While life on Earth was taking shape and spreading over 3 billion years ago, Mars was rapidly losing its atmosphere and water, along with carbon dioxide that would have kept the planet warm for a longer period. Some carbon dioxide is still trapped in Mars' surface. Can we free it and warm the planet enough to support a breathable atmosphere and liquid water on the surface? Unfortunately not, says NASA—there's just not enough carbon dioxide left to make it work with present-day technologies. Sorry, would-be Martians!

Ancient Mars More than 3 billion years ago, Mars was warm, wet, and had an atmosphere that could have supported life. This artist's model shows what the planet may have looked like with global oceans based on today's topography. NASA/MAVEN/Lunar and Planetary Institute

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MAVEN created a global wind map of the planet’s upper atmosphere—a first for any planet other than Earth. It has also watched huge clouds spanning hundreds of kilometers form in a matter of hours!

MAVEN currently operates in an extended mission, continuing to observe and study changes in the Martian atmosphere. It also acts as a high-speed communications relay between surface spacecraft and Earth, allowing us to get more science data back from other Mars missions.

How MAVEN studies Mars’ atmosphere

MAVEN launched in November 2013 and arrived at Mars in September 2014. One of its flagship instruments is the Imaging UltraViolet Spectrograph, or IUVS, a camera able to see ultraviolet light. This helps MAVEN measure gases leaving Mars’ atmosphere, since they reflect and scatter ultraviolet light.

What MAVEN sees
What MAVEN sees NASA's MAVEN spacecraft observes Mars with an ultraviolet instrument that allows it to detect carbon (left), oxygen (center), and hydrogen (right) escaping from the planet's atmosphere. The outline of the planet itself is drawn with a red circle. University of Colorado / NASA / Edited by The Planetary Society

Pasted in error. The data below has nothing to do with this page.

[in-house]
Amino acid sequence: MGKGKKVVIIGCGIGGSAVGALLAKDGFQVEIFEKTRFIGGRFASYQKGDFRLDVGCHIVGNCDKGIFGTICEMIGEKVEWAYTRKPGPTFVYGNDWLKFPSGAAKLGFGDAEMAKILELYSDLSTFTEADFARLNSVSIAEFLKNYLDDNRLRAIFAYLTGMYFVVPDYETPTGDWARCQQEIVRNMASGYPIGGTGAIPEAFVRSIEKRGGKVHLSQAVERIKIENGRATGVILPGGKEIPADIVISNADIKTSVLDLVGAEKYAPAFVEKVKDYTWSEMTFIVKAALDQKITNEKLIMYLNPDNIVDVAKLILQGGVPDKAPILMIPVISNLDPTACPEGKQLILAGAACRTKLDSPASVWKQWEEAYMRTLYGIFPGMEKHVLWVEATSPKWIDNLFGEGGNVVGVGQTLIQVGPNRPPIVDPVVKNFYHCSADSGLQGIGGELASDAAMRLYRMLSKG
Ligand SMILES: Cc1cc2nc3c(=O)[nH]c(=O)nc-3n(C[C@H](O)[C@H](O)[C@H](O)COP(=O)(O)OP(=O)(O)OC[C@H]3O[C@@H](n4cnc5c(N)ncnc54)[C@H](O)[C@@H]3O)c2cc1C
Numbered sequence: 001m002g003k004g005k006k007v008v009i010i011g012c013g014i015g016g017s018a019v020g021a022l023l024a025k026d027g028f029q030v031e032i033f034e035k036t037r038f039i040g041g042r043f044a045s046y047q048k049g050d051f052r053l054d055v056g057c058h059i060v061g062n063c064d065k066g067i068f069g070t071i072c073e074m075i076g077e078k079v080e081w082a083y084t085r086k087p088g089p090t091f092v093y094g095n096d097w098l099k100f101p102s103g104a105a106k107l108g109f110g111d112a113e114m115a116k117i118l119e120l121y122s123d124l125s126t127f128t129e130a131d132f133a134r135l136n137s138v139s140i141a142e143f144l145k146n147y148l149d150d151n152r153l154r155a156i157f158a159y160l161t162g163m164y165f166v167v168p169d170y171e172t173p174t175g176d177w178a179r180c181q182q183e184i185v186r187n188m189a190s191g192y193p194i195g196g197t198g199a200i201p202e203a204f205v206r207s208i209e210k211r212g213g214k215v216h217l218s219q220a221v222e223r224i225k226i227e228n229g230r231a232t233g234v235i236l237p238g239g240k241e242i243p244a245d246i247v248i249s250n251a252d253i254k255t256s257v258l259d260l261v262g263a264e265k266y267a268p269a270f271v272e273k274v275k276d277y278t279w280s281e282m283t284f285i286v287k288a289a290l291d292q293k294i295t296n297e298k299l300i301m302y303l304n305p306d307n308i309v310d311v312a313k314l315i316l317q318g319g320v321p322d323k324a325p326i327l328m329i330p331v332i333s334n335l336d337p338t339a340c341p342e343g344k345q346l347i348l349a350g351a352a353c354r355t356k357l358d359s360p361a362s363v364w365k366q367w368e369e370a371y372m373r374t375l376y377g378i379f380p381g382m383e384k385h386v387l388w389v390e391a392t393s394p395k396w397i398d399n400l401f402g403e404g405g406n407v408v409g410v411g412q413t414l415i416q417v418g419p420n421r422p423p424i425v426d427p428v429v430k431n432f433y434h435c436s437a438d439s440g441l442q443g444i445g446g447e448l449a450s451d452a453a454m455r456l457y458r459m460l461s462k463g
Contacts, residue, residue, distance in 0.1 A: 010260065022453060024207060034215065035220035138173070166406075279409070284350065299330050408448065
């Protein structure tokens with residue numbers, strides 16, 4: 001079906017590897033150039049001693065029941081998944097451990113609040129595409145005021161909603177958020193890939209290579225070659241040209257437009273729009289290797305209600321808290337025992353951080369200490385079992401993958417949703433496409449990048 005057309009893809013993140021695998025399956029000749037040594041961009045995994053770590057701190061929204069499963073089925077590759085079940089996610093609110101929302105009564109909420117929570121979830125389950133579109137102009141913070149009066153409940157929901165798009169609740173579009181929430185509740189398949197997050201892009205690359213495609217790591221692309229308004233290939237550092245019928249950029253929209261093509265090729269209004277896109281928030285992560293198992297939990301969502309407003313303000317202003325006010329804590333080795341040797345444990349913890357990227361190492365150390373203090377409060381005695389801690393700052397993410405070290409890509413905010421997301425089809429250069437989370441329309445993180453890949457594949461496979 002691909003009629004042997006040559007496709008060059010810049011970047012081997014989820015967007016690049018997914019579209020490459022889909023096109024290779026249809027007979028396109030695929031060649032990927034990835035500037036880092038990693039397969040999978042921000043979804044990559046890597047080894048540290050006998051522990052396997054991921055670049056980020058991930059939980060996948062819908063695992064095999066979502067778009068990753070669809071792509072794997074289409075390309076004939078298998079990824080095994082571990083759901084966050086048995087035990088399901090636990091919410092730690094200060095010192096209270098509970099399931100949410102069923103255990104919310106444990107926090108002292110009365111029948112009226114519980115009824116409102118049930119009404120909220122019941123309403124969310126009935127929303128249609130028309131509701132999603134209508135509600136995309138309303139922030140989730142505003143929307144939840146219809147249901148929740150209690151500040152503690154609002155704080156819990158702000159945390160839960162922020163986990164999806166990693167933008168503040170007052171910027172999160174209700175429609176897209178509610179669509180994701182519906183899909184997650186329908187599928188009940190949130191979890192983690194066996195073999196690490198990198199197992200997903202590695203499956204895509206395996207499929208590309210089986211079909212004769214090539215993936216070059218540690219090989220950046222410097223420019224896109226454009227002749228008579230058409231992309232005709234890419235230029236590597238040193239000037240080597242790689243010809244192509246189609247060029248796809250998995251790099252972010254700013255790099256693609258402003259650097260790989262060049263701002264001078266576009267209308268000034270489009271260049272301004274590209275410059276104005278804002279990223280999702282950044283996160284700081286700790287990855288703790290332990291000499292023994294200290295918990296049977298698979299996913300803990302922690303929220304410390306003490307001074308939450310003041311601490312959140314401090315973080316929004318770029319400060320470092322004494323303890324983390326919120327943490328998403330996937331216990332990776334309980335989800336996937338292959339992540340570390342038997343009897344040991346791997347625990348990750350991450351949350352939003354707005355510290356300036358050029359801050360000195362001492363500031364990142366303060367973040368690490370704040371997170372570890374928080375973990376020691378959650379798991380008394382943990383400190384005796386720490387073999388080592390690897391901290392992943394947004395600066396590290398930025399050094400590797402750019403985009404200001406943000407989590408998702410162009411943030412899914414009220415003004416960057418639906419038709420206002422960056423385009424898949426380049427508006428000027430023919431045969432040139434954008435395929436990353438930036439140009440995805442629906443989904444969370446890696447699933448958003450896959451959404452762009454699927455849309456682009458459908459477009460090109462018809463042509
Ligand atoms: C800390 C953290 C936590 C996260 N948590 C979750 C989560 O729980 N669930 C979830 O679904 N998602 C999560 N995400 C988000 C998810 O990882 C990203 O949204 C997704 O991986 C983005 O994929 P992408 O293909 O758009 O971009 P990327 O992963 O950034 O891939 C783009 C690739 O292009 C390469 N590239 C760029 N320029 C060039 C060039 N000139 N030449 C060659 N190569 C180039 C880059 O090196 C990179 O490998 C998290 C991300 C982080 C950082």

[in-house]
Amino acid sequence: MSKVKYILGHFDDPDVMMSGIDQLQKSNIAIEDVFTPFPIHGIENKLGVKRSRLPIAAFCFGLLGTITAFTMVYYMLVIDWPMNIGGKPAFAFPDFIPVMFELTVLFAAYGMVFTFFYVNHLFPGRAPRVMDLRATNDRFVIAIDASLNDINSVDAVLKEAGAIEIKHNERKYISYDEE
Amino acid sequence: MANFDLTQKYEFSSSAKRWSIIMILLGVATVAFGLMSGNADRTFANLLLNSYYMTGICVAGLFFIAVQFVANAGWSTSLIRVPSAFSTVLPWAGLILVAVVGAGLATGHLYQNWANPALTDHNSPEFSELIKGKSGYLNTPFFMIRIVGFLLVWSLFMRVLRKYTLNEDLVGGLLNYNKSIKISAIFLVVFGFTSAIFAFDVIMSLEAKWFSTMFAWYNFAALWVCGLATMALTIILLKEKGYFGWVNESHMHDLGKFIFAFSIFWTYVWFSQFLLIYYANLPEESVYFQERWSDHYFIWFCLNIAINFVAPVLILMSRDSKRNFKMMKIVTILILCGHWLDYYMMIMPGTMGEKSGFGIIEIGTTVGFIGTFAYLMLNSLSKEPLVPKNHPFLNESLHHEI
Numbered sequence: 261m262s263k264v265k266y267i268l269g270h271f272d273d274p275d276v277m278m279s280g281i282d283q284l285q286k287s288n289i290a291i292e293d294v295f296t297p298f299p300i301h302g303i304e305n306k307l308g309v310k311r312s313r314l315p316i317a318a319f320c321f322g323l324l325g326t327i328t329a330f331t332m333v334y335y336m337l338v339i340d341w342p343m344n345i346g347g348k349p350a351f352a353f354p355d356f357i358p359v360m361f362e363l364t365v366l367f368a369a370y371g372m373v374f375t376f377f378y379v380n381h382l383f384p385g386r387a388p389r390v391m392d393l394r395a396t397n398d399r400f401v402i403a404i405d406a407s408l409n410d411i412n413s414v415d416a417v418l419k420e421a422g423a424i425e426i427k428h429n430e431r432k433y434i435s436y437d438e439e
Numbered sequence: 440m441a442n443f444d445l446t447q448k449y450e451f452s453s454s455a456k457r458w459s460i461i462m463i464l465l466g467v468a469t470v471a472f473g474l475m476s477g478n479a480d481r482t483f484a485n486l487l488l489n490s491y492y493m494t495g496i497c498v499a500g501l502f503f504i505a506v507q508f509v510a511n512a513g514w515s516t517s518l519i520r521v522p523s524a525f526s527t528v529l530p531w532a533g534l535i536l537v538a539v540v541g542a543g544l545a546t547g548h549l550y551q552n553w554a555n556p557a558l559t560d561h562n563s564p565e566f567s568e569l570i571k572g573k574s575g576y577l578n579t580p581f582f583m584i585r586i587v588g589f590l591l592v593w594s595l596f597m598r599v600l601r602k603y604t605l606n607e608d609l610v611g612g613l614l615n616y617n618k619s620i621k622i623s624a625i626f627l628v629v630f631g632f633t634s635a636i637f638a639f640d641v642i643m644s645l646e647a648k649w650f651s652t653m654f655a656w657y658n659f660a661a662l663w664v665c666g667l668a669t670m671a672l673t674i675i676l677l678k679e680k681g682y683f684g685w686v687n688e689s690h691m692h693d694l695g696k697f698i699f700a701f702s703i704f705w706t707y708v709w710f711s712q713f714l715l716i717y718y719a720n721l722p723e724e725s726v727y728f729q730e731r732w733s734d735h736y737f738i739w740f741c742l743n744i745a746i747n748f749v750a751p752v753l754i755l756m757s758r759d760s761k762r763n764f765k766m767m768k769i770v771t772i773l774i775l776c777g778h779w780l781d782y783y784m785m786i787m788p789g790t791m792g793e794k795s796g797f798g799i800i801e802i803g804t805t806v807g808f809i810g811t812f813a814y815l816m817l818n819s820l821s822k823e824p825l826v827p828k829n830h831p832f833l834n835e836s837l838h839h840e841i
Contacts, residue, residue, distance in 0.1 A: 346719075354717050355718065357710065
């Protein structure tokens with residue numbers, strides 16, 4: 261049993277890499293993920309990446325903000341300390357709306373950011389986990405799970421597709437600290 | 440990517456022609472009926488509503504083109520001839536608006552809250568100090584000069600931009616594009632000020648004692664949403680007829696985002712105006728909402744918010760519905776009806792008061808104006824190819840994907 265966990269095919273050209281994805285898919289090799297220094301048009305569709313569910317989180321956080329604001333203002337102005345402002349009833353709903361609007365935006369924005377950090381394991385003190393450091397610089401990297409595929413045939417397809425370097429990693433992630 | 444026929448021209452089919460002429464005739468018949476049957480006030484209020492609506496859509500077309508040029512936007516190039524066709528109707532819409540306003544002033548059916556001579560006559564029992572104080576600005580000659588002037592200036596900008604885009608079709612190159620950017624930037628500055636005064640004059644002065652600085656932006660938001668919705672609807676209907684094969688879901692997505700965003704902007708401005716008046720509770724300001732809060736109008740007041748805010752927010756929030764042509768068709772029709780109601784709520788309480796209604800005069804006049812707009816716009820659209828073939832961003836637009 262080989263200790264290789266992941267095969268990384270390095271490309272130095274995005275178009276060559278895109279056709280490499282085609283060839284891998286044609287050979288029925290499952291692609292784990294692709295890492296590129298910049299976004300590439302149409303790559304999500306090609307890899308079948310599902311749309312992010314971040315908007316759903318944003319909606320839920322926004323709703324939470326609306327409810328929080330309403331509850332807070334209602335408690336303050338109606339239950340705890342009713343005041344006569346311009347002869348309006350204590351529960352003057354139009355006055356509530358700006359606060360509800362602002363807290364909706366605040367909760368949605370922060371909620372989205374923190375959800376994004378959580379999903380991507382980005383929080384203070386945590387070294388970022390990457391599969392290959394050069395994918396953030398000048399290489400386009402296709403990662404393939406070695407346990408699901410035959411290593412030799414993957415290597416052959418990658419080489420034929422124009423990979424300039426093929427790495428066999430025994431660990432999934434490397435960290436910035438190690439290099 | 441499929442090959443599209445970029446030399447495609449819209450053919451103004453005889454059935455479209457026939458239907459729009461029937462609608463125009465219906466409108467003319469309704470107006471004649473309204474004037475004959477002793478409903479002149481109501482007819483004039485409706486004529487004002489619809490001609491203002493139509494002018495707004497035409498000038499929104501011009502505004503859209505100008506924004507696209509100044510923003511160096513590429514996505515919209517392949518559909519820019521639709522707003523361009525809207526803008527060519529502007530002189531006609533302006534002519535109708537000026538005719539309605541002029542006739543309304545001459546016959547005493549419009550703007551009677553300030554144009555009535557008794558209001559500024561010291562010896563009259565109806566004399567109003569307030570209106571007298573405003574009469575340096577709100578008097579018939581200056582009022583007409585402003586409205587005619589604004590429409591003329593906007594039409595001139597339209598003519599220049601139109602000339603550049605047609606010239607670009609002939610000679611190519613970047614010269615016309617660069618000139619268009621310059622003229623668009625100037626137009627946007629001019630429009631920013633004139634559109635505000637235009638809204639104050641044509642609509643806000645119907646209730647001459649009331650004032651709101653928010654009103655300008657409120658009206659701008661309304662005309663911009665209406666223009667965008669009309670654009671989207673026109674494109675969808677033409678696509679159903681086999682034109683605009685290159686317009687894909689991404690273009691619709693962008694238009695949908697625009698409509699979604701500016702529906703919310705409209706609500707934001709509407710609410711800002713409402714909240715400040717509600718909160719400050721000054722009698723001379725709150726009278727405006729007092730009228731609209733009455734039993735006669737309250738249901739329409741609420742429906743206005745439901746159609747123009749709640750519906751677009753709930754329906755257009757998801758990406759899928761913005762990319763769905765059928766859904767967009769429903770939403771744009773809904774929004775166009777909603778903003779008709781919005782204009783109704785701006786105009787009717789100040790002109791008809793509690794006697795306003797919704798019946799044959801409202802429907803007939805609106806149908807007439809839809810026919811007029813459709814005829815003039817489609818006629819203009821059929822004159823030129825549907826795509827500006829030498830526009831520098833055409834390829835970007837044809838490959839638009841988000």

MAVEN also detects solar wind entering Mars’ upper atmosphere using a mass spectrometer, a device that determines the elemental makeup of materials passing through it. A magnetometer on the spacecraft measures the electrical charge created when the solar wind hits atmospheric particles, which creates a weak magnetic field that accelerates the particles away from the planet. By tracking Mars' atmosphere over time, MAVEN has shown for the first time how exactly Mars loses its atmosphere and at what rate.

In 2019, mission operators lowered MAVEN’s orbit so that it can relay data between Earth and NASA’s Perseverance rover. MAVEN has enough fuel to be operational until at least 2030, so it will be increasingly tasked with replacing communication relay responsibilities of aging orbiters like NASA's Mars Reconnaissance Orbiter and Odyssey spacecraft. While not conducting relay communications, MAVEN will continue to study Mars’s atmosphere.

Auroras on Mars

Auroras on Earth are caused by energetic charged particles from space crashing down into the atmosphere along Earth’s magnetic field lines, causing gases to glow near the poles. Since Mars has no internally generated magnetic field, the solar wind penetrates deeper and causes planet-wide auroras that have been observed by MAVEN.

How you can support MAVEN and Mars Exploration

The Planetary Society shares updates from missions like MAVEN to foster public knowledge of space exploration, which helps build support for space science and exploration. Sign up for our weekly newsletter The Downlink to receive updates on MAVEN and other missions, plus get exciting space images, sharable facts, and actions you can take to be a better space advocate.

You can also share this page, learn more about why we explore Mars, and browse stunning images of the Red Planet in our image library.

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Acknowledgements: This page was originally authored by Jatan Mehta.